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GCN Circular 4312

Subject
An extraordinary long burst on December 3 from SGR1806-20
Date
2005-12-06T15:48:11Z (18 years ago)
From
Valentin Pal'shin at Ioffe Inst <val@mail.ioffe.ru>
S. Golenetskii, R.Aptekar, E. Mazets, V. Pal'shin, D. Frederiks,
and T. Cline on behalf of the Konus-Wind team,

S. Barthelmy, J. Cummings, N. Gehrels, H. Krimm
on behalf of the Swift team,

A bright extraordinary long SGR-like event triggered the Konus-Wind
at T0=42203.684 s UT (11:43:23.684) on December 3.

This burst was also observed by Swift-BAT
out of the BAT field of view.
The measured time delay between the burst arrival times
on the two s/c is 5.245-5.276 sec (3 sigma confidence range).
For the SGR 1806-20 position the expected time delay is 5.274 sec.
As the measured time delay is consistent with the expected for the
position of SGR 1806-20, we conclude that this burst originated from it.
But we should notice that the measured time delay also consistent
with the SGR 1801-23 position.

The shape of the burst light curve was typical for SGR bursts,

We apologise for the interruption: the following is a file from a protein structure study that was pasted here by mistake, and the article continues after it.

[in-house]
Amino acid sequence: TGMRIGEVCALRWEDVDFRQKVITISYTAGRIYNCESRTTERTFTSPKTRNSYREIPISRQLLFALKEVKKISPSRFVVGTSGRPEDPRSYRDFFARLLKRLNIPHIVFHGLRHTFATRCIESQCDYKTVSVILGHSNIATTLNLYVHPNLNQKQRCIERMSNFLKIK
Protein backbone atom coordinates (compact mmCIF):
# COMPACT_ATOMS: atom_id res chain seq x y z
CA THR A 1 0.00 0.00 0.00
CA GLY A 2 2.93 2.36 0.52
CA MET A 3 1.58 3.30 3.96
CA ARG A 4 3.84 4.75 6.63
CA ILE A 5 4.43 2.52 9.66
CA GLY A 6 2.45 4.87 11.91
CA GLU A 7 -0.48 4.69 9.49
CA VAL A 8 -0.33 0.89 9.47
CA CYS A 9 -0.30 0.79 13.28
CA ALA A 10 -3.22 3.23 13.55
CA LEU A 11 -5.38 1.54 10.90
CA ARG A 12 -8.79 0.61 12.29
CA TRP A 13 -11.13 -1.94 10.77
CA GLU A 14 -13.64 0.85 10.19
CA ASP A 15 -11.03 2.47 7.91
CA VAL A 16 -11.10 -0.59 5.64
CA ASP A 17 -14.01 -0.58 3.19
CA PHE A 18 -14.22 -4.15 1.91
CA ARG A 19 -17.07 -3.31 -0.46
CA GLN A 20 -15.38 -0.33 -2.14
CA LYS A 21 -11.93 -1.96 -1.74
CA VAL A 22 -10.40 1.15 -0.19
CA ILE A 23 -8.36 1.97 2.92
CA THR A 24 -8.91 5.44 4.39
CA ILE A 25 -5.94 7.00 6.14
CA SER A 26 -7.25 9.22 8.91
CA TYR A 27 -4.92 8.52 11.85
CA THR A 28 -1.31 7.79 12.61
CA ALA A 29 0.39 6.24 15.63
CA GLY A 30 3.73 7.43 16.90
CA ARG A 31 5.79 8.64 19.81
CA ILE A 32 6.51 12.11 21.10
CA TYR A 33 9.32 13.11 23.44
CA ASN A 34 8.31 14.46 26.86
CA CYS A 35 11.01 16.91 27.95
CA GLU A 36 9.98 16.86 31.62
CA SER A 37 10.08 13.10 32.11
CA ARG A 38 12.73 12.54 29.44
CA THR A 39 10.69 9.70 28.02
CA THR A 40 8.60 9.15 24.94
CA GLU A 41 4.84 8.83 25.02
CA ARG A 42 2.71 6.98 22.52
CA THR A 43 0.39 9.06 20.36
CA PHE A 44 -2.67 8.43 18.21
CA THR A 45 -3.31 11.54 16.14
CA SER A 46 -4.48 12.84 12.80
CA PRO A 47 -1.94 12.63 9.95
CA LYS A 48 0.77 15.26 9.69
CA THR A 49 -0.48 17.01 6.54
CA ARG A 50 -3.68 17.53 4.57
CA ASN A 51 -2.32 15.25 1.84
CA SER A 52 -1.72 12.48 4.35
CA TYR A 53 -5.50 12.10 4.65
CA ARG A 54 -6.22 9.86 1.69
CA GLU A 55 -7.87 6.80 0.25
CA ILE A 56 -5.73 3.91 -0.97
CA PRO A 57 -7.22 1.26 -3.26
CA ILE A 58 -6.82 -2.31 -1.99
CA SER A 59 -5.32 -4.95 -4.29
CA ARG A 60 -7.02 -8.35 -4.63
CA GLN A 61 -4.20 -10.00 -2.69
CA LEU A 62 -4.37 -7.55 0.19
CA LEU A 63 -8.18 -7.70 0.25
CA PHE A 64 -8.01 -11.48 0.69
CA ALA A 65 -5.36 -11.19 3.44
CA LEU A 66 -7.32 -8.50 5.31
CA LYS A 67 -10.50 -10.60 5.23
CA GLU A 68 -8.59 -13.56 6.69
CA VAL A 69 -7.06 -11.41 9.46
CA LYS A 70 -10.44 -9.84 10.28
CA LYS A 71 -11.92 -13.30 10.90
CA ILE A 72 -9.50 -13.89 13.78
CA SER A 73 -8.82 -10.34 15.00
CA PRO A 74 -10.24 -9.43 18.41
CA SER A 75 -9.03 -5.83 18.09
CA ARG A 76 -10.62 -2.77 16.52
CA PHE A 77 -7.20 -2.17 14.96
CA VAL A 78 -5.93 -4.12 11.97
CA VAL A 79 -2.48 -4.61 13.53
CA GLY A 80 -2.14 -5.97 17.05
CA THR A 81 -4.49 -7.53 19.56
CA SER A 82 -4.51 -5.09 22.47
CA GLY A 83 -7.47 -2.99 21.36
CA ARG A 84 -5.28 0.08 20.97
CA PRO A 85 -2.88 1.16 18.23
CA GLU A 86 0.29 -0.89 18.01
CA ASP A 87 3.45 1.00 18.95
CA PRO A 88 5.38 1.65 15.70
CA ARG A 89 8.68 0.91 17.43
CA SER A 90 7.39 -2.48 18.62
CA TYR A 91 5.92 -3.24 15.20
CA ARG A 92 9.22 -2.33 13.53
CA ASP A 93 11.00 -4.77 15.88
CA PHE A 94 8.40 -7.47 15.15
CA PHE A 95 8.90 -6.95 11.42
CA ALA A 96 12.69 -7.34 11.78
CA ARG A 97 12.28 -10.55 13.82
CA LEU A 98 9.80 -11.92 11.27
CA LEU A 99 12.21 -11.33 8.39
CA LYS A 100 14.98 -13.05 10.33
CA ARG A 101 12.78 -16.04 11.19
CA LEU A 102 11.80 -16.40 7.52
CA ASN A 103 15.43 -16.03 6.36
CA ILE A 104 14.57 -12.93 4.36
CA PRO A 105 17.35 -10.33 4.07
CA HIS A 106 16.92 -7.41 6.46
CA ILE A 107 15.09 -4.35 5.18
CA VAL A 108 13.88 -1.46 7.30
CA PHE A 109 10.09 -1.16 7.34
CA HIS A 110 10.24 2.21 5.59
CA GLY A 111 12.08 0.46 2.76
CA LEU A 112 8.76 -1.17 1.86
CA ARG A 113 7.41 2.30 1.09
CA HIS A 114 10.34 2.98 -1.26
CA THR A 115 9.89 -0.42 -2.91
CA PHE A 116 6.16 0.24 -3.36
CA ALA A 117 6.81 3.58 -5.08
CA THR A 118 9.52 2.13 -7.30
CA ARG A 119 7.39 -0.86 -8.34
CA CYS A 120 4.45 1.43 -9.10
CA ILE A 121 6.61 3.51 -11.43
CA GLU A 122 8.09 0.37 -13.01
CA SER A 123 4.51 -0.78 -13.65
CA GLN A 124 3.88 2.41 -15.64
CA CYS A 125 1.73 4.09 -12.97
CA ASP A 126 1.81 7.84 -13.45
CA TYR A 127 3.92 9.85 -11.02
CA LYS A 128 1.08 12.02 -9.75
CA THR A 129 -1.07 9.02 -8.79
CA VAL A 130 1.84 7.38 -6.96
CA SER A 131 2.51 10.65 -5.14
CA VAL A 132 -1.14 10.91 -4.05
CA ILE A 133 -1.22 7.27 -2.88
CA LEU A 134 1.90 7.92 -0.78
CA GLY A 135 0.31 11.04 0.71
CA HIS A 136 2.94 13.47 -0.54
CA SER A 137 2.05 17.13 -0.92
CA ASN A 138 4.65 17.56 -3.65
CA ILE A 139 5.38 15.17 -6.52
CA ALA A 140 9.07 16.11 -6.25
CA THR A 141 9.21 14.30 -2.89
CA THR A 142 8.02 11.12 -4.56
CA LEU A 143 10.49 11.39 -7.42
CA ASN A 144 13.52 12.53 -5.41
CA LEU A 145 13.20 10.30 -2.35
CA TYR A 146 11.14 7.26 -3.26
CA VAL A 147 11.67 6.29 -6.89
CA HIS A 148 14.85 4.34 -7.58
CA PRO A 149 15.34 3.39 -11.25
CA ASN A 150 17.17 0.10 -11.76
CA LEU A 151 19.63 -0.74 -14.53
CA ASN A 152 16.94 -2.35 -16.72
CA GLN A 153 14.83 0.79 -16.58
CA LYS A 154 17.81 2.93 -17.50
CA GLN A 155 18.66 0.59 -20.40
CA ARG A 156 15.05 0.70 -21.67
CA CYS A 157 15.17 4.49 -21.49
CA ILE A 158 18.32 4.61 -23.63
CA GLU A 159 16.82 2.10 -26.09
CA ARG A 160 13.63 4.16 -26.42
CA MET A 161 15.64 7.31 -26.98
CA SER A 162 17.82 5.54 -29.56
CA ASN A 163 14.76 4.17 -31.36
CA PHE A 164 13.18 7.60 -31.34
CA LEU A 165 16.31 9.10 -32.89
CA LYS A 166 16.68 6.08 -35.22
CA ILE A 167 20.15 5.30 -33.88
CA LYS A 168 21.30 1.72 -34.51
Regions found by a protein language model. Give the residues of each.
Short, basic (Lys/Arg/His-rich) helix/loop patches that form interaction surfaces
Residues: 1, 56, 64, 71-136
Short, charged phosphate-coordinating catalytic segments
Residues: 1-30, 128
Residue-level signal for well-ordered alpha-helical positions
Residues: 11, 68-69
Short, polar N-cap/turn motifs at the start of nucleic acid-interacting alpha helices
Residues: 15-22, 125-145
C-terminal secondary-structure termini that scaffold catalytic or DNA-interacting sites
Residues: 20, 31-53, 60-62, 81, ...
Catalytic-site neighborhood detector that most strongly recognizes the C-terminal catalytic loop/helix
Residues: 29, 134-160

but with an unusually long duration. There was a short weak
precursor ~0.3 sec long at T0-0.4 sec, followed by a 0.1 sec
rise and a 22 sec decay. There was a weaker short soft burst
at T-T0 ~110 sec.

As observed by Konus-Wind the burst had a fluence
(1.53+/-0.02)x10^-4 erg/cm2, and a peak flux on 16-ms time scale
(3.50 � 0.16)x10^-5 erg/cm2/sec (both in the 20-200 keV range).

The time-integrated spectrum of the burst can be fit by the OTTB
spectral model:
dN/dE ~ E^{-1} exp(-E/kT)
with kT = 19.9 + 0.5 keV, which is typical for SGR 1806-20.

All the quoted errors are at 90% c.l.

This is the longest SGR burst ever triggered the Konus-Wind.

Despite its long duration there is apparently no
periodicity in the light curve.

The Konus-Wind light curve of this GRB can be seen
at http://www.ioffe.rssi.ru/LEA/SGRs/051203_T42203/

Likely, the two previous unusually long SGR-like events
detected by the Konus-Wind (Golenetskii et al., GCN 4310)
originated from this SGR
(both these events were not observed by the Swift-BAT because
the SGR 1806-20 was below the horizon).

BAT has since observed two short (~0.1 sec) bursts from
SGR 1806-20, similar to many bursts seen earlier this year.

Note, that the ~40-s long burst from SGR 1900+14
was detected on April 18, 2001 by BeppoSAX, and the Konus-Wind
in the waiting mode
(Guidorzi et al., 2004, A&A, 416, 297 and references therein).
That event was strongly modulated with a 5-s period,
but had the comparable fluence and peak flux.
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